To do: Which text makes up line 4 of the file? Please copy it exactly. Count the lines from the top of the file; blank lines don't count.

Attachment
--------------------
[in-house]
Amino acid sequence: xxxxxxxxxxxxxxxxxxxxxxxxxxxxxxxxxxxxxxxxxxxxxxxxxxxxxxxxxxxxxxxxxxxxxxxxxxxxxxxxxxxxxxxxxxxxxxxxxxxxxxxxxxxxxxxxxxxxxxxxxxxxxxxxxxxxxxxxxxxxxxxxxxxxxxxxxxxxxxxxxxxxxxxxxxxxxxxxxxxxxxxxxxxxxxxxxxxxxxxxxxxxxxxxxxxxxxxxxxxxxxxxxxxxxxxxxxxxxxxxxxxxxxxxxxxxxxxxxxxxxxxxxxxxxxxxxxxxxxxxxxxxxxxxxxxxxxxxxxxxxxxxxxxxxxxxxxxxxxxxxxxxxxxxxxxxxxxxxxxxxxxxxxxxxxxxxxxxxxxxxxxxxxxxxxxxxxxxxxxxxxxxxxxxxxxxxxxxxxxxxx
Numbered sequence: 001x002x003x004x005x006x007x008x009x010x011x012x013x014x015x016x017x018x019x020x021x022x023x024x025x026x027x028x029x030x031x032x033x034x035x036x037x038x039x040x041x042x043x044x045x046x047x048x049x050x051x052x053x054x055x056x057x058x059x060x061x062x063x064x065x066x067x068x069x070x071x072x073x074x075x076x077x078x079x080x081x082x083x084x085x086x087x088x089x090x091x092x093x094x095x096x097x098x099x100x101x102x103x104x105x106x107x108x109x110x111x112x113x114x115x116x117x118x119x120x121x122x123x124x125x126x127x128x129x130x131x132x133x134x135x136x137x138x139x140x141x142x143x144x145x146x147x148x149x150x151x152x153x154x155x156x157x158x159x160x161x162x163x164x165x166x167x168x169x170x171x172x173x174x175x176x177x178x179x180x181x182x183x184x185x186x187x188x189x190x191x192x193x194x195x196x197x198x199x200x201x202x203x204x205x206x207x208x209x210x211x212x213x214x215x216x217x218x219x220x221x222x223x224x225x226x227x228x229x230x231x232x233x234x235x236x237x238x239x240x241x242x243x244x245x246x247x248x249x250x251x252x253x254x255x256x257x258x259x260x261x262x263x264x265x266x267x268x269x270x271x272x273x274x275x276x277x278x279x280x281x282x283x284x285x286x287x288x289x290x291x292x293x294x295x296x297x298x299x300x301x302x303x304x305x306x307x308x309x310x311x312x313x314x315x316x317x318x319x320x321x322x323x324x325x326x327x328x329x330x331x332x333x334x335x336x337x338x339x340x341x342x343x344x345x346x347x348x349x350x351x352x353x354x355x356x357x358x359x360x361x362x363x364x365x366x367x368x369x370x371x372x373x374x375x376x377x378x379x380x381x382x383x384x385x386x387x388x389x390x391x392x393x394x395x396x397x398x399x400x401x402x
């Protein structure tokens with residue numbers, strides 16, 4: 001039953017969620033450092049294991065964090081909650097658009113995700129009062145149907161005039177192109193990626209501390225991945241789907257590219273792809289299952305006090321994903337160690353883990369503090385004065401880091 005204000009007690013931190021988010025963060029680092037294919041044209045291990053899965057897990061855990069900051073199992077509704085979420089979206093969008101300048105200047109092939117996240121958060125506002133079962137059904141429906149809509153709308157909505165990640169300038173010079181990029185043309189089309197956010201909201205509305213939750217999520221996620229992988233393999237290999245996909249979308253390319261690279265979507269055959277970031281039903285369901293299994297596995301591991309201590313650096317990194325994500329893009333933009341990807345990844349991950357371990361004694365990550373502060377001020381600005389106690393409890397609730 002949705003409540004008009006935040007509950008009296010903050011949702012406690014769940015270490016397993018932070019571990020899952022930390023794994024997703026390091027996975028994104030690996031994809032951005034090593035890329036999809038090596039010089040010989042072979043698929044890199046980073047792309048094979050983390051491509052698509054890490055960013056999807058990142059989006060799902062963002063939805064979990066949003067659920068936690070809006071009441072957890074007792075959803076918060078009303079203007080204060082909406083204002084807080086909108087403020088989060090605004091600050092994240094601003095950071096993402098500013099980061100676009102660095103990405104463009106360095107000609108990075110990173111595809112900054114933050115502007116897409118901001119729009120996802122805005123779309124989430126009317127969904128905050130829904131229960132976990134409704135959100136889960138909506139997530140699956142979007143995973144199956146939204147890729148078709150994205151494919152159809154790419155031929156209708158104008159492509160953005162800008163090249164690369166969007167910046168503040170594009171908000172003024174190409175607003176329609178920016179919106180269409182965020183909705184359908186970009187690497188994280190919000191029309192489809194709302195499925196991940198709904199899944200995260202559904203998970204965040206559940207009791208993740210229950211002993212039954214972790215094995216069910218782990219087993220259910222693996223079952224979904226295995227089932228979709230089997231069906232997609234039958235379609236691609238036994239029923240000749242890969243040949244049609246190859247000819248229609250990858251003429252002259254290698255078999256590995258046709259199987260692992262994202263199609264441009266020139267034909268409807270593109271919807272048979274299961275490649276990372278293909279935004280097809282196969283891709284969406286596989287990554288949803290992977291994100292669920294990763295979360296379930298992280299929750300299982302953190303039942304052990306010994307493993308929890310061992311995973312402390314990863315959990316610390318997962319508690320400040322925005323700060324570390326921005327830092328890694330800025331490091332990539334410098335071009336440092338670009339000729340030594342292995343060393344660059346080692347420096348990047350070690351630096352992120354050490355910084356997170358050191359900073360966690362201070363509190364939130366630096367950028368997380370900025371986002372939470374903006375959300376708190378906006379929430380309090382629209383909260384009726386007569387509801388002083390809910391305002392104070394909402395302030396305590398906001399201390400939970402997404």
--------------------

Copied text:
């Protein structure tokens with residue numbers, strides 16, 4: 001039953017969620033450092049294991065964090081909650097658009113995700129009062145149907161005039177192109193990626209501390225991945241789907257590219273792809289299952305006090321994903337160690353883990369503090385004065401880091 005204000009007690013931190021988010025963060029680092037294919041044209045291990053899965057897990061855990069900051073199992077509704085979420089979206093969008101300048105200047109092939117996240121958060125506002133079962137059904141429906149809509153709308157909505165990640169300038173010079181990029185043309189089309197956010201909201205509305213939750217999520221996620229992988233393999237290999245996909249979308253390319261690279265979507269055959277970031281039903285369901293299994297596995301591991309201590313650096317990194325994500329893009333933009341990807345990844349991950357371990361004694365990550373502060377001020381600005389106690393409890397609730 002949705003409540004008009006935040007509950008009296010903050011949702012406690014769940015270490016397993018932070019571990020899952022930390023794994024997703026390091027996975028994104030690996031994809032951005034090593035890329036999809038090596039010089040010989042072979043698929044890199046980073047792309048094979050983390051491509052698509054890490055960013056999807058990142059989006060799902062963002063939805064979990066949003067659920068936690070809006071009441072957890074007792075959803076918060078009303079203007080204060082909406083204002084807080086909108087403020088989060090605004091600050092994240094601003095950071096993402098500013099980061100676009102660095103990405104463009106360095107000609108990075110990173111595809112900054114933050115502007116897409118901001119729009120996802122805005123779309124989430126009317127969904128905050130829904131229960132976990134409704135959100136889960138909506139997530140699956142979007143995973144199956146939204147890729148078709150994205151494919152159809154790419155031929156209708158104008159492509160953005162800008163090249164690369166969007167910046168503040170594009171908000172003024174190409175607003176329609178920016179919106180269409182965020183909705184359908186970009187690497188994280190919000191029309192489809194709302195499925196991940198709904199899944200995260202559904203998970204965040206559940207009791208993740210229950211002993212039954214972790215094995216069910218782990219087993220259910222693996223079952224979904226295995227089932228979709230089997231069906232997609234039958235379609236691609238036994239029923240000749242890969243040949244049609246190859247000819248229609250990858251003429252002259254290698255078999256590995258046709259199987260692992262994202263199609264441009266020139267034909268409807270593109271919807272048979274299961275490649276990372278293909279935004280097809282196969283891709284969406286596989287990554288949803290992977291994100292669920294990763295979360296379930298992280299929750300299982302953190303039942304052990306010994307493993308929890310061992311995973312402390314990863315959990316610390318997962319508690320400040322925005323700060324570390326921005327830092328890694330800025331490091332990539334410098335071009336440092338670009339000729340030594342292995343060393344660059346080692347420096348990047350070690351630096352992120354050490355910084356997170358050191359900073360966690362201070363509190364939130366630096367950028368997380370900025371986002372939470374903006375959300376708190378906006379929430380309090382629209383909260384009726386007569387509801388002083390809910391305002392104070394909402395302030396305590398906001399201390400939970402997404």